Ensuring an email campaign has a look and feel that’s consistent with their brand is one of the major concerns our clients have. While other design elements are important, choosing the right font (or fonts) to use is especially crucial because it reflects the tone of the message you are trying to deliver.
Due to limitations in HTML email, some specific fonts that you may want to use might not be viewable on all devices. Therefore, we recommend clients use email-safe fonts, where these fonts are installed in almost every email client. Here are a few questions people have asked in the past:
Can I save my content as images so I can keep my brand fonts in an email?
Well, you could, but it’s not the best way to do it. Here’s why:
1) Email clients often block images by default, and your customers won’t be able to view message content at first glance. Instead, they’ll see white boxes.
2) Remember that the more images you have in your email, the more time it will take to load.
Why is it important to use email-safe fonts in email?
As mentioned above, images are blocked by default for most email clients and content becomes the first thing your customers see. This is why you want your message to display in HTML text to deliver your message as clearly as possible before any images are loaded.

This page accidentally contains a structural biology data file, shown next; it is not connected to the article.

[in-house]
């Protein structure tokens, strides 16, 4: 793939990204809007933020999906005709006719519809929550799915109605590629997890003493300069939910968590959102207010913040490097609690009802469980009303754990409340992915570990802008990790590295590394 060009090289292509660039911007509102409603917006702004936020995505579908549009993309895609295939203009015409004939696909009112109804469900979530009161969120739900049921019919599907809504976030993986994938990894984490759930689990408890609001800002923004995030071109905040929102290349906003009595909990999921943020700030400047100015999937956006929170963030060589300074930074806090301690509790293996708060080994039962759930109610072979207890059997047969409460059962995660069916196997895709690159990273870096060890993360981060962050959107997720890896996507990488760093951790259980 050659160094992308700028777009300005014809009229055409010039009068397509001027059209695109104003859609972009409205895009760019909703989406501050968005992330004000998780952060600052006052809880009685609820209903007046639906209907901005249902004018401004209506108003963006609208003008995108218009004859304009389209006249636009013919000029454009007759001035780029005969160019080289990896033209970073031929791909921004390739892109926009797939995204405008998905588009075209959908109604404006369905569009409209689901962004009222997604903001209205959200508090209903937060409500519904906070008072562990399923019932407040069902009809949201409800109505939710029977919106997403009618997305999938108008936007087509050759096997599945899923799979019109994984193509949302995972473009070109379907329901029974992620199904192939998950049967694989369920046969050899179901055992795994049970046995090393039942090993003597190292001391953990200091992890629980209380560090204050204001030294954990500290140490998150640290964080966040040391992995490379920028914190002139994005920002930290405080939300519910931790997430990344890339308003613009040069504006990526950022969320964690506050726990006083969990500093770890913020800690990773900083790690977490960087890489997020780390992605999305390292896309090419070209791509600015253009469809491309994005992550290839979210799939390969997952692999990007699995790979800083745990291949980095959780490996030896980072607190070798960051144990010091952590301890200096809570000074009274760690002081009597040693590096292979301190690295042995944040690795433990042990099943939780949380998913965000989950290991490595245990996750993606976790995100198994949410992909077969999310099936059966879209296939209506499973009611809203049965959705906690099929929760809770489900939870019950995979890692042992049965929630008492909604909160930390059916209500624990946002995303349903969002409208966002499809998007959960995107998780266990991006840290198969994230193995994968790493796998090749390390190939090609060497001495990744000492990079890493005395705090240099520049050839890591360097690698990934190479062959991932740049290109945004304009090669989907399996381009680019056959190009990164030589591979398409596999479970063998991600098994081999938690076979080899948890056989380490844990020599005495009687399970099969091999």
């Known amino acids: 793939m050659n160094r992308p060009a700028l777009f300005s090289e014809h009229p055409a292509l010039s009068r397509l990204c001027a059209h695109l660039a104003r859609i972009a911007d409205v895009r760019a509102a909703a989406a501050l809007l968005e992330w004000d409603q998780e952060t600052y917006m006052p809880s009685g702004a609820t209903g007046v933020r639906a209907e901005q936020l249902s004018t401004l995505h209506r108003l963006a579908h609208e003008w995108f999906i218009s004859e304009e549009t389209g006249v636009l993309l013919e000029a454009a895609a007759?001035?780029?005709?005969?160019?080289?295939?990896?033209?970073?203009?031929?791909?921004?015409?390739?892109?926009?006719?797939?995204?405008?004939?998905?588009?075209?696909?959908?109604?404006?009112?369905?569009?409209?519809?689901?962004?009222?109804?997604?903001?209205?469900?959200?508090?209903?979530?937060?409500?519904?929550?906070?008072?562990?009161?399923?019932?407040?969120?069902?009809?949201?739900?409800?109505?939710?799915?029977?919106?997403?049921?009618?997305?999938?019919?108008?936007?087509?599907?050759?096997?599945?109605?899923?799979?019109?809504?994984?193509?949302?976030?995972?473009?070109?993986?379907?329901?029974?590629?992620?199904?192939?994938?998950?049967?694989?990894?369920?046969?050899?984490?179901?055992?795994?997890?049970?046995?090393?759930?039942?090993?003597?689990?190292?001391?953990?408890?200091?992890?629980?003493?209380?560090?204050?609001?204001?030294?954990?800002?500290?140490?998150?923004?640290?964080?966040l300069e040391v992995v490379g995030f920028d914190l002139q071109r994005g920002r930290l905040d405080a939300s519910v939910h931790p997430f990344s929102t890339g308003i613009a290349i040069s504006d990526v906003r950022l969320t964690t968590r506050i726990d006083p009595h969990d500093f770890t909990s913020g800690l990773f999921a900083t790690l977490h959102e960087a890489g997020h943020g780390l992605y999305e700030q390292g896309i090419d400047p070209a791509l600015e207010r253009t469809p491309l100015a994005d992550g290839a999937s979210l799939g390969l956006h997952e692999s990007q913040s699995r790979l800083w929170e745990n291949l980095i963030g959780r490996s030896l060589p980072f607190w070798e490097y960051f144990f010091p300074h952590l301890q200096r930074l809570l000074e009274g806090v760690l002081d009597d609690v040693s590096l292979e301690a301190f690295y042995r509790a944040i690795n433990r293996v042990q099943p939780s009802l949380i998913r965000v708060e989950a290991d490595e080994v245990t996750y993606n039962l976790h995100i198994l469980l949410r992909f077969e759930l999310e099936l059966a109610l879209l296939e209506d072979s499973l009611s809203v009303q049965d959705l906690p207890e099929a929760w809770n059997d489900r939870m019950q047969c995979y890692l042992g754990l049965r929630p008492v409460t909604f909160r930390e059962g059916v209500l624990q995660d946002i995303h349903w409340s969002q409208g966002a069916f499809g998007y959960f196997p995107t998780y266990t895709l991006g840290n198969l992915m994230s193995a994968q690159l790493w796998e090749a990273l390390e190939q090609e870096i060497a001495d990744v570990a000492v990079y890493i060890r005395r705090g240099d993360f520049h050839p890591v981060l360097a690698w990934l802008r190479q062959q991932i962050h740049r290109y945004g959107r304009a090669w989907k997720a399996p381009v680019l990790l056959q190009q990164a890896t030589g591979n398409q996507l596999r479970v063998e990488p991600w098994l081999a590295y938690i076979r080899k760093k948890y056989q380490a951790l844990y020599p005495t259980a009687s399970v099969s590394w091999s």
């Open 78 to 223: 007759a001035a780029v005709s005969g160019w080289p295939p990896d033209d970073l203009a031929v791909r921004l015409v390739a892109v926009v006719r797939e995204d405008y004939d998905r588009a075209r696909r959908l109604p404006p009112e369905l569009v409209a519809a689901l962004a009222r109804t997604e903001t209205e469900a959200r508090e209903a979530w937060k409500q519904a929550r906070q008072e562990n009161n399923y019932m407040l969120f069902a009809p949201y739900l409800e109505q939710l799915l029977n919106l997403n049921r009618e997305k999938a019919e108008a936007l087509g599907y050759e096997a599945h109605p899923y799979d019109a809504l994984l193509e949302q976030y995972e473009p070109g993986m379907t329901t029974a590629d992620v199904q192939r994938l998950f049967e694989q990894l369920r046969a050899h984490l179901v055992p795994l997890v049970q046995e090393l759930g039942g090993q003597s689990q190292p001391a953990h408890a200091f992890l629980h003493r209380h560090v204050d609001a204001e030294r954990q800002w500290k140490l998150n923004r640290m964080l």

Though there are limits on the types of font you can choose, you can still make your email creative and memorable by differentiating the font size and color. Below is a list of email-safe fonts that you can use for your HTML email campaign.
1 Georgia and Trebuchet MS are bundled with Windows 2000/XP and they are also included in the IE font pack (and bundled with other MS applications), so they are quite common in Windows 98 systems.
2 Symbolic fonts are only displayed in Internet Explorer. In other browsers, a font substitute is used instead (although the Symbol font does work in Opera and the Webdings works in Safari).
3 Book Antiqua is almost exactly the same font as Palatino Linotype. Palatino Linotype is included in Windows 2000/XP while Book Antiqua was bundled with Windows 98.
4 These fonts are not TrueType fonts but bitmap fonts, so they won’t look well when using some font sizes (they are designed for 8, 10, 12, 14, 18 and 24 point sizes at 96 DPI).
5 These fonts work in Safari but only when using the normal font style, and not with bold or italic styles. Comic Sans MS works in bold but not in italic. Other Mac browsers seem to emulate properly the styles that are not provided by the font.
6 These fonts are present in Mac OS X only if Classic is installed.
Kaman is currently a website designer based in the New York City office. She has worked on different kinds of projects in the past including web page design, banner advertisements, and email marketing design ranging from real estate to cosmetics industry. Kaman studied Communication Design and earned her B.Tech Degree in 2011 from New York City College of Technology.